I really enjoy the writing of Emma Donoghue, the Irish writer of both novels and short stories. Her last novel, in 2011, was the outstanding Room (Picador), a surprising tale of a boy, Jack, whose entire life has been spent in a single room (12 by 12 ft) with his mother, Ma, a young woman held prisoner by Old Nick, the man who visits them every few days. It seems an unbearable subject, and with the revelations in the media over the last few years of several such real-life situations, one to which little could be added by fictional treatment.
Donoghue’s spare, elegant prose avoids any hint of gratuitous sensationalism as she describes the actually rather wondrous and intimate world that Ma has created for Jack, inhabited by his friends Table and Chair and Bed. There is TV as well, but Jack knows that nothing he sees on that screen is real. Room is real. This is Jack’s entire world, he knows no other but Ma is going to have to try to explain the world outside so that chances can be seized and opportunities made the most of. Their life is so well imagined by Donoghue, this is an amazing portrayal of a woman in a seemingly impossible to ameliorate situation, trying to create the best life for her child – and she sort of does: Jack is happy, stimulated, curious and healthy and doesn’t know he is a prisoner. Ma has done so well but Jack is starting to feel disquieted and restless…
The book has had rave reviews all over the place but I have also had to convince several of our customers to pick this book up – none of them regretted it, it is so much more optimistic than you’d think given the subject matter. Unsentimental and devastating yet also uplifting and joyous this is such a good book about the power of motherhood as opposed to the powerlessness of prisonerhood.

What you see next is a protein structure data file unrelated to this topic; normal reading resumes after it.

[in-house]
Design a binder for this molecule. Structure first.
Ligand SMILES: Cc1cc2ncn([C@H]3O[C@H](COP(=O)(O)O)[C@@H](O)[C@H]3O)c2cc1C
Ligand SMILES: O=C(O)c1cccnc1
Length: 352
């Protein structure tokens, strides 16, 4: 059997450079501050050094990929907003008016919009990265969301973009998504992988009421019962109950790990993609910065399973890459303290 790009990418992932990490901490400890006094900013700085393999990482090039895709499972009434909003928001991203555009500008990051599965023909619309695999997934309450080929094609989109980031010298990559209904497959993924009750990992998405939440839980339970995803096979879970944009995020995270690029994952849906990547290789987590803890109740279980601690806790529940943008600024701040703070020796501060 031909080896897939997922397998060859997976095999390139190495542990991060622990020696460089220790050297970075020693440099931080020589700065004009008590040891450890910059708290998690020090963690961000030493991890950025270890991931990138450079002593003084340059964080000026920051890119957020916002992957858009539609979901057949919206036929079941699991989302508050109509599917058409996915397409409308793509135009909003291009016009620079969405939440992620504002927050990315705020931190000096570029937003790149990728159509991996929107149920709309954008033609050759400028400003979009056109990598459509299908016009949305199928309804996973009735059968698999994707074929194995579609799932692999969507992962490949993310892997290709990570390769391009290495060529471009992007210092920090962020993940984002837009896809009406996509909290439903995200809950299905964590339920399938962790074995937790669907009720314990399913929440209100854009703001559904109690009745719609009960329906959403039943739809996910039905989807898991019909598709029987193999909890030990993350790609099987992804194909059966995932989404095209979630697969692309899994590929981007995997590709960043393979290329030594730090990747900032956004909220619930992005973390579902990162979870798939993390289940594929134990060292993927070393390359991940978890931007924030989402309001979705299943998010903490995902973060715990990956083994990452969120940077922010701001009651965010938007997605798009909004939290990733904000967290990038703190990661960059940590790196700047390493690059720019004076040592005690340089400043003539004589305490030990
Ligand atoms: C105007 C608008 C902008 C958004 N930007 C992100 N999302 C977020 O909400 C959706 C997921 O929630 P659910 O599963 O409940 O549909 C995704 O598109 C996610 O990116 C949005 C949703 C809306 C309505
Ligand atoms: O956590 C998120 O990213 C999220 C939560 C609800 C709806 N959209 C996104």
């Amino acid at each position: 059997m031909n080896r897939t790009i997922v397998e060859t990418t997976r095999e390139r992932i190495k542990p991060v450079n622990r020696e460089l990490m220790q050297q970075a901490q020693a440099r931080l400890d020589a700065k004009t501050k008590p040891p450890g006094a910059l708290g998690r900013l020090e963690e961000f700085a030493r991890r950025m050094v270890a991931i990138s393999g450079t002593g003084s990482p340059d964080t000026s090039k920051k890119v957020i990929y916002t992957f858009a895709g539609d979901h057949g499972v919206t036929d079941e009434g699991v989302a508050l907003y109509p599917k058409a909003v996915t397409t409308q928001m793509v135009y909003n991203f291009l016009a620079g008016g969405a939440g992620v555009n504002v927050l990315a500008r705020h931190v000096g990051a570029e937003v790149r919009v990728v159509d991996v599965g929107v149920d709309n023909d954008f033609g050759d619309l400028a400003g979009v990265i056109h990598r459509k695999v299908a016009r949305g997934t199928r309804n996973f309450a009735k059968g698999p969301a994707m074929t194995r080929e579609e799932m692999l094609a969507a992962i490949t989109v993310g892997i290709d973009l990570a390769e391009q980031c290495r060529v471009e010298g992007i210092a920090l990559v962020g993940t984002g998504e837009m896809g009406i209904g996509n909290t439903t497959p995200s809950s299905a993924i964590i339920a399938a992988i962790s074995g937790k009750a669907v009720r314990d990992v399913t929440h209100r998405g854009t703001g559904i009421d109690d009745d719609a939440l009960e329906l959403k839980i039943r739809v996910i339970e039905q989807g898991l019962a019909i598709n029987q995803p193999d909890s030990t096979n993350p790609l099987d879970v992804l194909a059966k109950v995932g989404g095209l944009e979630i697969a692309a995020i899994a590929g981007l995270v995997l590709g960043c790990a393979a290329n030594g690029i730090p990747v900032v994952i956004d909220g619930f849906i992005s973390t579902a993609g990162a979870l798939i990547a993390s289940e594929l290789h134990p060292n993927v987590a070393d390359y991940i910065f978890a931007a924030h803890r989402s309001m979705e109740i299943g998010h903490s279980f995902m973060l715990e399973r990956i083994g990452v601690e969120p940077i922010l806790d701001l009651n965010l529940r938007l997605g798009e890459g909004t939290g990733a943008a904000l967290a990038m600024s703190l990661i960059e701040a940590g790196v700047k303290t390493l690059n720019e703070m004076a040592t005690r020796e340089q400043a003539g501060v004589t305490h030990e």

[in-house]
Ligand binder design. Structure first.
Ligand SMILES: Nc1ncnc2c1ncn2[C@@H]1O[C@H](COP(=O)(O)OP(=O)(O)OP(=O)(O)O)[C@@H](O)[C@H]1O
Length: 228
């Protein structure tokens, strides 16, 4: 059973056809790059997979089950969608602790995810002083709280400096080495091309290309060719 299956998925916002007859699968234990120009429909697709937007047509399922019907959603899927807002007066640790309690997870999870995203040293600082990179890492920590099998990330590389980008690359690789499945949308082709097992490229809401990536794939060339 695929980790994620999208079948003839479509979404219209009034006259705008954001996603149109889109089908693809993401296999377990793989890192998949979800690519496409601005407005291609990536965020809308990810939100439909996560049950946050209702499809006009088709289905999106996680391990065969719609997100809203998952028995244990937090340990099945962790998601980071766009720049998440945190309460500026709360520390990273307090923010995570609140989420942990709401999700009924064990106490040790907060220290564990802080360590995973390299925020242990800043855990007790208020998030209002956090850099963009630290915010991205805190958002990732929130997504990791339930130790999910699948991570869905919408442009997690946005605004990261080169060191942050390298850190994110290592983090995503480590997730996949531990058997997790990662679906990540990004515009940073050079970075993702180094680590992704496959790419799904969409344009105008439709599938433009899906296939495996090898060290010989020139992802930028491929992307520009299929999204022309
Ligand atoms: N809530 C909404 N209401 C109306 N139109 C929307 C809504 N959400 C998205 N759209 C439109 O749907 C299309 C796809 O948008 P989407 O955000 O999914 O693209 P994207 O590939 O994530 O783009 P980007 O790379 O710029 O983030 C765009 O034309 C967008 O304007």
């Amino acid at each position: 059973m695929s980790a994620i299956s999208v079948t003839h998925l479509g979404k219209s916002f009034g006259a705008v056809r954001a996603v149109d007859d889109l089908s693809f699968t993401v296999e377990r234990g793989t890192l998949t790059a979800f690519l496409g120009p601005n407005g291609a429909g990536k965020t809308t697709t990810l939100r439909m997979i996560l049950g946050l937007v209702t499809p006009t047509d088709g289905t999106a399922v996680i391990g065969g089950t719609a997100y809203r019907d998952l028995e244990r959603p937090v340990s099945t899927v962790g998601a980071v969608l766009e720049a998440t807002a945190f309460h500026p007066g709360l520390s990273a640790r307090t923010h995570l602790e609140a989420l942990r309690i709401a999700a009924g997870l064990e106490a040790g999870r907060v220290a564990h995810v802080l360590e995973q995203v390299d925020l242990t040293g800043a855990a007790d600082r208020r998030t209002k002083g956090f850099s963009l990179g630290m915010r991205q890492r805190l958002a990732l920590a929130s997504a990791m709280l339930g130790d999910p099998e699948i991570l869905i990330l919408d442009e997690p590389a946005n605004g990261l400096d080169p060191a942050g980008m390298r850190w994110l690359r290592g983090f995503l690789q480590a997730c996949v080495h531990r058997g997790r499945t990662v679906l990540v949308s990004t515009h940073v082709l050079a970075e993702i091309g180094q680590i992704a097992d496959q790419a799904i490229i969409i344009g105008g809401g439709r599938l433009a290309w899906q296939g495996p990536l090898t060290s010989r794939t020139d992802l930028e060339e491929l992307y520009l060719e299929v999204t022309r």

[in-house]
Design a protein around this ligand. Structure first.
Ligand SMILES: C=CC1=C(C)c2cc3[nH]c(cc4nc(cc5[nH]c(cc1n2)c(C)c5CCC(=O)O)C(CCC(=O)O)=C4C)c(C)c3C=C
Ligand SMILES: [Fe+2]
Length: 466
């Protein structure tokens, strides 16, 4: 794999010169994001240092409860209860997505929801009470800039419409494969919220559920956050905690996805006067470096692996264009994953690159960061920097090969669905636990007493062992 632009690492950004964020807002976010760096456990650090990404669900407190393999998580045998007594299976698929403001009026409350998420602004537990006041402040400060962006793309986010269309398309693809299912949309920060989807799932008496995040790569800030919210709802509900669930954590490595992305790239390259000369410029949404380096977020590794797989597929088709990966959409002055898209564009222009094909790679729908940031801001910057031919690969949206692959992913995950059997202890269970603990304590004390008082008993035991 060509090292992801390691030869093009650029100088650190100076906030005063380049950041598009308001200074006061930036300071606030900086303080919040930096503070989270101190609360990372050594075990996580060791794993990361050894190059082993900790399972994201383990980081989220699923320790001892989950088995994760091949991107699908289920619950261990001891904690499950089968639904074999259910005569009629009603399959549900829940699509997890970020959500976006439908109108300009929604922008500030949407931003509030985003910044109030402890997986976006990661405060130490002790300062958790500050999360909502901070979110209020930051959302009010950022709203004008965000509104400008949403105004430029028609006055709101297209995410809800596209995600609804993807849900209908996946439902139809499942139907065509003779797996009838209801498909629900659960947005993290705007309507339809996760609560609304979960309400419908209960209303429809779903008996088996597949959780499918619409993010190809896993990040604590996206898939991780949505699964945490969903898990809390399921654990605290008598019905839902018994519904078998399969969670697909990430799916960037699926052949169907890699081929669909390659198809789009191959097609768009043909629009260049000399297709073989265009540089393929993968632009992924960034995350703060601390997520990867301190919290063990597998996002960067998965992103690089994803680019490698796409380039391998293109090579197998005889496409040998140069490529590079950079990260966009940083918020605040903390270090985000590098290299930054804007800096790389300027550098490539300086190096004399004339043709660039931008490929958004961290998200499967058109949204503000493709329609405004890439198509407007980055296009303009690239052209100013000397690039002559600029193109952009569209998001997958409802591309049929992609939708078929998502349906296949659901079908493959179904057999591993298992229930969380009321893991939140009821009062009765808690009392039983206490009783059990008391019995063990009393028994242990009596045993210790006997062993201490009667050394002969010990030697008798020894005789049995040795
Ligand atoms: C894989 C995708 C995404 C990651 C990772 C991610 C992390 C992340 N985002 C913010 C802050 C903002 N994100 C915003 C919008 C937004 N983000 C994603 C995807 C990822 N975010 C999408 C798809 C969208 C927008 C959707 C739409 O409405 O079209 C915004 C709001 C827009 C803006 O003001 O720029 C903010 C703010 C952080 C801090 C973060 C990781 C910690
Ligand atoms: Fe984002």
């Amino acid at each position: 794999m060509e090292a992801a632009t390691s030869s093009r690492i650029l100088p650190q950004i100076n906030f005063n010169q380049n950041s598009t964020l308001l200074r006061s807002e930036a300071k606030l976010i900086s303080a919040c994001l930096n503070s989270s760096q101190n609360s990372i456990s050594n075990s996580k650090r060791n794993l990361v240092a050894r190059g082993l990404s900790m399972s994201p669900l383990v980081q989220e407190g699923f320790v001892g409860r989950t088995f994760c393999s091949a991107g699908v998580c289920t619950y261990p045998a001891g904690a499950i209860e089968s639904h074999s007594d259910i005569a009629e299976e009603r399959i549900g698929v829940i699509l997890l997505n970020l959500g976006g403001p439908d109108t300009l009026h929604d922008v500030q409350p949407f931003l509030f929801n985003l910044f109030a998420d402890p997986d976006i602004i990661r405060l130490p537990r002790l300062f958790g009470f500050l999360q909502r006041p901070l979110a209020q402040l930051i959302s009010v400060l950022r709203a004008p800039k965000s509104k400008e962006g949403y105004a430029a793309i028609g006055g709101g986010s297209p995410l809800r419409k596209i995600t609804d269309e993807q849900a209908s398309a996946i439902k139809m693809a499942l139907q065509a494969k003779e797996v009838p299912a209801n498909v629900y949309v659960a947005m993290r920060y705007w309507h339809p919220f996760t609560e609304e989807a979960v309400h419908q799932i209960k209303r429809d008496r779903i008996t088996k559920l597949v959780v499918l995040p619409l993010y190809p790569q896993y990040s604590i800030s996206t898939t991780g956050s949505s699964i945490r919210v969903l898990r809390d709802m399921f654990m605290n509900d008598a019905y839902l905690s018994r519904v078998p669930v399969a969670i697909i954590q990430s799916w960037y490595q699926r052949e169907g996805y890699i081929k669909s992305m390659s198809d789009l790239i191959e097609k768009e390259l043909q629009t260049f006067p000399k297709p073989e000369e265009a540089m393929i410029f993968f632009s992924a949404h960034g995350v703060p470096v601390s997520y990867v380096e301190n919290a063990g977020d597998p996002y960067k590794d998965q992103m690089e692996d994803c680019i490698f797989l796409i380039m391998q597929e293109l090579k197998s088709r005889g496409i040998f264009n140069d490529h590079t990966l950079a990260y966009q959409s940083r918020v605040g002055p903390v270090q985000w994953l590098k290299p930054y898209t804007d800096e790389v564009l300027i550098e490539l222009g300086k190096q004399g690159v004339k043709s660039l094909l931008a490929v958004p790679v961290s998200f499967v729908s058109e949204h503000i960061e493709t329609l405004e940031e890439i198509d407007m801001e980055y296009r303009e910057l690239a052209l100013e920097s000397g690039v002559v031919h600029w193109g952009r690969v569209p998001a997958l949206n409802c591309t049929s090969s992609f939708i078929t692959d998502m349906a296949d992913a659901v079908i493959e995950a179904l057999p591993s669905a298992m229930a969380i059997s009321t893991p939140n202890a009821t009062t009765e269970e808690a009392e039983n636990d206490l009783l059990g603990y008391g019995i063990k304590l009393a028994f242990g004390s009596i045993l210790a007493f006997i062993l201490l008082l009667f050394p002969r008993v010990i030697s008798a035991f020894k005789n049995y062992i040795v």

So, I pounced, yes, pounced, on Donoghue’s 2012 collection of short stories Astray (Picador). The varied and various characters in these short stories have all gone astray – they are emigrants, drifters and runaways, buffeted by events and emotions beyond their control and include a counterfeiter in Chicago, a prostitute in London, an attorney, a sculptor a mercenary, a corpse, an elephant and his keeper. Donoghue’s stories are based on real people and real happenings – she is inspired by odd snippets in old newspapers, historical archives and personal ephemera.
In the story Counting the Days, she constructs characters and fictive events around the 13 letters written in May 1848-May 1849 by Henry Johnson and Jane McConnell Johnson, while Henry was trying to create a new life in Canada and Jane and their children were in famine-struck Ireland, the story opens with Jane travelling to Canada.
Helpfully, Donoghue mentions her sources at the end of each story – the un-embroidered nature of these, the sense that there must be more to the tales than has been recorded or that has survived, is beautifully mined by Donoghue. This is a writer who is able to extract the hidden wonders and miseries of each story so well, to create characters so real, that these fictions feel like the Truth.